SO, the opportunity to visit the Source Grill at the Swindon Marriott for Sunday lunch was greeted with enthusiasm. Particularly as the day in question was just a tad miserable weather wise. A hearty Sunday roast was definitely on the menu!
Chat’s Cafe bar. Open for lunch and dinner,‘Chat’s Café Bar provides a perfect spot for relaxing with friends or colleagues after a busy day in Swindon. Dine on gourmet sandwiches and delicious desserts, or surf the web using our free Wi-Fi access.’
Source Grill. Open for breakfast, lunch and dinner:‘Discover the flavours of Europe right here in Swindon. Source Grill, our hotel restaurant, showcases cuisine from all over the world, as well as English classics. Pair your meal with a choice from our wine list, and be sure to visit us for Sunday lunch!’
But it was to the Source Grill that I was headed with my companion for Sunday lunch.
We were given a super little table for two tucked away in a quiet corner. It was ideally placed in close proximity to the main event: the food – while being set back a little from the main restaurant area. So that was a good start.
The ‘set-up’ for Sunday lunch in the Source Grill is buffet with waiter service for drinks – it’s a nice mix if you don’t want to be too formal. That said, the service when you need it, is polite and solicitous and the right side of obsequious.
As I’ve already mentioned, I was set upon partaking of a roast dinner. But if Sunday roast doesn’t float your gravy boat there’s a good range of other choices available for the delectation of your taste buds.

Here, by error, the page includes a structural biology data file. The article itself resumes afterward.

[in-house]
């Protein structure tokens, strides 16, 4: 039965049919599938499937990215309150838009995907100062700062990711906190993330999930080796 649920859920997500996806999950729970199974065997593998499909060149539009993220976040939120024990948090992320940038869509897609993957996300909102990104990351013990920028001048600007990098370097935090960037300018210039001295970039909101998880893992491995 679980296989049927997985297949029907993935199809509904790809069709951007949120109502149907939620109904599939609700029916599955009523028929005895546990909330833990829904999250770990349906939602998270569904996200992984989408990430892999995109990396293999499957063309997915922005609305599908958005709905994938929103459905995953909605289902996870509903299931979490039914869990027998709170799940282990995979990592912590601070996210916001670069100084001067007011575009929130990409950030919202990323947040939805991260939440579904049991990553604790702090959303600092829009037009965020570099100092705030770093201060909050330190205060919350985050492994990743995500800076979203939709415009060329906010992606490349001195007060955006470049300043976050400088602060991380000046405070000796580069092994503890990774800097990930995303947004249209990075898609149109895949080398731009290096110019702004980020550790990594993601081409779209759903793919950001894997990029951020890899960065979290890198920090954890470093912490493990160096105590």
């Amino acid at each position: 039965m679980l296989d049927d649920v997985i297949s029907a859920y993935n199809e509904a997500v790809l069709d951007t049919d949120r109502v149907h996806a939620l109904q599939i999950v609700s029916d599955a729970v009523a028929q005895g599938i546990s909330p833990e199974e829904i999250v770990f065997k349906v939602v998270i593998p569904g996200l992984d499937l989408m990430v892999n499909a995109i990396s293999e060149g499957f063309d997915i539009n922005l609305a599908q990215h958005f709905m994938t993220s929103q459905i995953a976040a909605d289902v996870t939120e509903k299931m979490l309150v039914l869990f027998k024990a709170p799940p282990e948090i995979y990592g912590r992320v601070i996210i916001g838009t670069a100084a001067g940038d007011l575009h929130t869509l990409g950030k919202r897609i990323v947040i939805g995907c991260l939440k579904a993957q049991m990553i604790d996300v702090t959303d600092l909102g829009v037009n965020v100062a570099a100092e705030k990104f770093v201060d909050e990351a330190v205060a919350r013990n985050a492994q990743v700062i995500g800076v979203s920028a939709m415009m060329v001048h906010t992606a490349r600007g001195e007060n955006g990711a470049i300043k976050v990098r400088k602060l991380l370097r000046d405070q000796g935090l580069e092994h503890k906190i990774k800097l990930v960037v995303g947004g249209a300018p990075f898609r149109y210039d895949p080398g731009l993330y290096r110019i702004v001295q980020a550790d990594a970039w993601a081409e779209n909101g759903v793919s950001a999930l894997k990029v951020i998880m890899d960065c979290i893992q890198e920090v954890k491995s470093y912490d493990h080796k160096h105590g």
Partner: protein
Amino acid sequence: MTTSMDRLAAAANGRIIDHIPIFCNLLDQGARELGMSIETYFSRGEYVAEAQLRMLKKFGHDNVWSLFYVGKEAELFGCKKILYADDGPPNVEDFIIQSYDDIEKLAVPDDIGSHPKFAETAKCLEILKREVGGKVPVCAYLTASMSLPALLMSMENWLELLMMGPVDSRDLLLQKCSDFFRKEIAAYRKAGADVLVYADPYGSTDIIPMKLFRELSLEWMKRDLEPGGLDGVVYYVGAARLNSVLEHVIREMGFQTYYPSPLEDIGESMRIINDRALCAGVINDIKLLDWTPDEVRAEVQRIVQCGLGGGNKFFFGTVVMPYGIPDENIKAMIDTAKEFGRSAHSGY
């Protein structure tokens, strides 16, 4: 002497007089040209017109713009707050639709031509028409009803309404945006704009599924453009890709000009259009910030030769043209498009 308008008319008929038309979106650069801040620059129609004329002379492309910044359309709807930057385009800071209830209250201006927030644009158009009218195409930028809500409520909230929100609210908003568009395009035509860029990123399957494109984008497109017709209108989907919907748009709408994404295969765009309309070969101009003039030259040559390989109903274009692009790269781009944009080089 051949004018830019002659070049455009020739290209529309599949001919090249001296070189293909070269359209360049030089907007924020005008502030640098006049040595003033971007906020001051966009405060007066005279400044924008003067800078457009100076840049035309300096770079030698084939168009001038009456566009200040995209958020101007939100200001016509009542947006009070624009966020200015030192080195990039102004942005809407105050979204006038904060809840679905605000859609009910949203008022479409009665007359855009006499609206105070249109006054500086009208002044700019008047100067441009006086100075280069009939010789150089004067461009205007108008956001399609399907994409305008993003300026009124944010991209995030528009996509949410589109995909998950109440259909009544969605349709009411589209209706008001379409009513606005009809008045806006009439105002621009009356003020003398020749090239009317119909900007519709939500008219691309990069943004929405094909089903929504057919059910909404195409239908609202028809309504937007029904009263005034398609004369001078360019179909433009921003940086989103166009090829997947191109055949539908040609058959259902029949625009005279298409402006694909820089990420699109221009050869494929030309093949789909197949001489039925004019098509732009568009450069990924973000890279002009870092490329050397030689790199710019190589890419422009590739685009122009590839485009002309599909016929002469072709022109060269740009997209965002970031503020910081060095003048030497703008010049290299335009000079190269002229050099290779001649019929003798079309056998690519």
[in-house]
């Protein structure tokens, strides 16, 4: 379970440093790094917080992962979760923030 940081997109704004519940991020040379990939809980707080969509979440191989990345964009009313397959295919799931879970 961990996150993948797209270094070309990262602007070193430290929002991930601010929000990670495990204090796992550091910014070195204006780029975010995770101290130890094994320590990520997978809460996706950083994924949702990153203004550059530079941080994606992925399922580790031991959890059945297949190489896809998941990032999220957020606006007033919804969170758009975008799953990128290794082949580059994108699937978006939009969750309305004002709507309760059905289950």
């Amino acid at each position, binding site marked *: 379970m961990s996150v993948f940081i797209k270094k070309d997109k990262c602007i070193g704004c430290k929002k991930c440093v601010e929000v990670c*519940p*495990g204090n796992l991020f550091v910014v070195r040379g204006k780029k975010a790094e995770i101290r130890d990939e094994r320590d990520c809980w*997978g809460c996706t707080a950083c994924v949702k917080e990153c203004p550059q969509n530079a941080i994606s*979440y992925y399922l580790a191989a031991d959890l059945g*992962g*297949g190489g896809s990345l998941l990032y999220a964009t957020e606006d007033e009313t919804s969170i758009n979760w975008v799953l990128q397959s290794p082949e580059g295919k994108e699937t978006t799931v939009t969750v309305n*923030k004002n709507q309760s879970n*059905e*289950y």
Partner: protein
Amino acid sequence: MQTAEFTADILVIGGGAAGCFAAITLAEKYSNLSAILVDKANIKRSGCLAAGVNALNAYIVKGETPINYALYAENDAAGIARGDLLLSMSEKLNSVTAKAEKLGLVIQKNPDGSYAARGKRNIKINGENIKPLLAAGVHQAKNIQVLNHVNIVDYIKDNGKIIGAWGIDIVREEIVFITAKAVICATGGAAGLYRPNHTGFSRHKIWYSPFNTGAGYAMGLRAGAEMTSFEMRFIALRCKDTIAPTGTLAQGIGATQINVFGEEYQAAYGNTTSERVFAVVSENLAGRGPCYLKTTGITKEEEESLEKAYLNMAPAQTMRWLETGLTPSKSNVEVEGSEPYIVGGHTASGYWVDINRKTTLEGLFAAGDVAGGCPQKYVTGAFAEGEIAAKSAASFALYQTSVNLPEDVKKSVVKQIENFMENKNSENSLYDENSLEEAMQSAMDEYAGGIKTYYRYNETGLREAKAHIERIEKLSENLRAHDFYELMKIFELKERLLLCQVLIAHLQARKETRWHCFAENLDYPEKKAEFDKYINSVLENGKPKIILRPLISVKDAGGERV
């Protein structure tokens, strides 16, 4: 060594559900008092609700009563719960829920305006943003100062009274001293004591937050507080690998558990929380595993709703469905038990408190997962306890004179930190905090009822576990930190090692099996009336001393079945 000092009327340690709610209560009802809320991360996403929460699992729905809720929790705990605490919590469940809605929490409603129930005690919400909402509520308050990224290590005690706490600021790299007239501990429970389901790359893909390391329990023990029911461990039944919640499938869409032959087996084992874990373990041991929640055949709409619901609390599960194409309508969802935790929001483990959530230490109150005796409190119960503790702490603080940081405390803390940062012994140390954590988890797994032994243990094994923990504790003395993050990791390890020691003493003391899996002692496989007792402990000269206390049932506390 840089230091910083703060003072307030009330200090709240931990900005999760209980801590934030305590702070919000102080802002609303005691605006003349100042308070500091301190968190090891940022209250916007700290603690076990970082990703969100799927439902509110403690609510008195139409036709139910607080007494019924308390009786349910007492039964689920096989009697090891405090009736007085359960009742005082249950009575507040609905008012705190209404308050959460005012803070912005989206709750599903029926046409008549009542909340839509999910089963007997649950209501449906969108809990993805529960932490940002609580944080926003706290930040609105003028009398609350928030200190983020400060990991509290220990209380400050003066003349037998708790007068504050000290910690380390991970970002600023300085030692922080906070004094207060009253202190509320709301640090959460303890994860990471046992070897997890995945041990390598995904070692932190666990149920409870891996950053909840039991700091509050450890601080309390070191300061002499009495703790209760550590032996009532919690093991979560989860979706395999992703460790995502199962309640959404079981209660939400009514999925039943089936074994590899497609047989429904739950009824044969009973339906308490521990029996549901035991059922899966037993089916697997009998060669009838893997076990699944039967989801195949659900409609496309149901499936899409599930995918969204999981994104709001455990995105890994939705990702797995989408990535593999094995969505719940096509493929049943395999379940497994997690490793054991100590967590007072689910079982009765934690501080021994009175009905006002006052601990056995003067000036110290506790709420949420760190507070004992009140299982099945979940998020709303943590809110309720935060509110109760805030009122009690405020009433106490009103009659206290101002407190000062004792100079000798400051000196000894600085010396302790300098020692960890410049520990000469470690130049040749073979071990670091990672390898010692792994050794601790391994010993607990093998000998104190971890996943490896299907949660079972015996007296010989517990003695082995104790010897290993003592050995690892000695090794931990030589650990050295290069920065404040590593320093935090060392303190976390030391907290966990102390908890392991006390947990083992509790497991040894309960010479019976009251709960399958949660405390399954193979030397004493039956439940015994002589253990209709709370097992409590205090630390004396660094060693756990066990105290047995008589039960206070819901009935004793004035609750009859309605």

While I opted for, and enjoyed, the pea and mint soup to start, my friend chose to sample some of the wide range of cold appetisers. On the day we visited there was smoked salmon, mackerel and gambas for the fish lovers along with a selection of cold hams and meats – salami and the like with a range of salads. Alternative main courses on offer were chicken hotpot and a fish dish.
Getting a roasting
So, although my companion and moi enjoyed different starters we both went for the roast. On the day of our visit pork and beef was on the menu.
A good amount of each meat was duly carved and placed on our plates. We then proceeded to help ourselves to the various accoutrements. The Yorkshire puds were well risen and light. The roast spuds were fab: crispy and golden on the outside and soft and fluffy in the middle. New potatoes were available too.
When it comes to beef my personal taste is for it to be on the rare side. This wasn’t – but then it wasn’t rendered to an imitation of Ghandi’s sandals either. Far from it. Both meats were moist and tender in fact.